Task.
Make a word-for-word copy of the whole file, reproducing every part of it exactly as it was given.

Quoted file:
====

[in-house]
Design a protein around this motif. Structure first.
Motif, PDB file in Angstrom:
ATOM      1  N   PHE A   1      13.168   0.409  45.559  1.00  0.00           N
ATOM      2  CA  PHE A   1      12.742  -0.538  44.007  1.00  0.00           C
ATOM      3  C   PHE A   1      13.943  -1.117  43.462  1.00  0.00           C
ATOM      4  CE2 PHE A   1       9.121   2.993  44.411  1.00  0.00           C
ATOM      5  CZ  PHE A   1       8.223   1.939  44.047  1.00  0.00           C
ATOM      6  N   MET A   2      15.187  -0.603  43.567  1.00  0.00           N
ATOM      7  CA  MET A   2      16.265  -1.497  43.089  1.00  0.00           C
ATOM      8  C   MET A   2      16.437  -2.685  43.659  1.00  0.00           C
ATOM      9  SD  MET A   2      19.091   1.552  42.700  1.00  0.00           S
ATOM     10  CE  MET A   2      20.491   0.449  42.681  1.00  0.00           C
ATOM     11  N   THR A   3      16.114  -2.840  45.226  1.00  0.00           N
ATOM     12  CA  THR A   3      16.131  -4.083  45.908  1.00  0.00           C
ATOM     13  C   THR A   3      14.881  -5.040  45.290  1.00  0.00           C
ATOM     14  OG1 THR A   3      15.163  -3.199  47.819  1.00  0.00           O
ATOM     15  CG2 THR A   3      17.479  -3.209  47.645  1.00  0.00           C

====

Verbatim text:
[in-house]
Design a protein around this motif. Structure first.
Motif, PDB file in Angstrom:
ATOM      1  N   PHE A   1      13.168   0.409  45.559  1.00  0.00           N
ATOM      2  CA  PHE A   1      12.742  -0.538  44.007  1.00  0.00           C
ATOM      3  C   PHE A   1      13.943  -1.117  43.462  1.00  0.00           C
ATOM      4  CE2 PHE A   1       9.121   2.993  44.411  1.00  0.00           C
ATOM      5  CZ  PHE A   1       8.223   1.939  44.047  1.00  0.00           C
ATOM      6  N   MET A   2      15.187  -0.603  43.567  1.00  0.00           N
ATOM      7  CA  MET A   2      16.265  -1.497  43.089  1.00  0.00           C
ATOM      8  C   MET A   2      16.437  -2.685  43.659  1.00  0.00           C
ATOM      9  SD  MET A   2      19.091   1.552  42.700  1.00  0.00           S
ATOM     10  CE  MET A   2      20.491   0.449  42.681  1.00  0.00           C
ATOM     11  N   THR A   3      16.114  -2.840  45.226  1.00  0.00           N
ATOM     12  CA  THR A   3      16.131  -4.083  45.908  1.00  0.00           C
ATOM     13  C   THR A   3      14.881  -5.040  45.290  1.00  0.00           C
ATOM     14  OG1 THR A   3      15.163  -3.199  47.819  1.00  0.00           O
ATOM     15  CG2 THR A   3      17.479  -3.209  47.645  1.00  0.00           C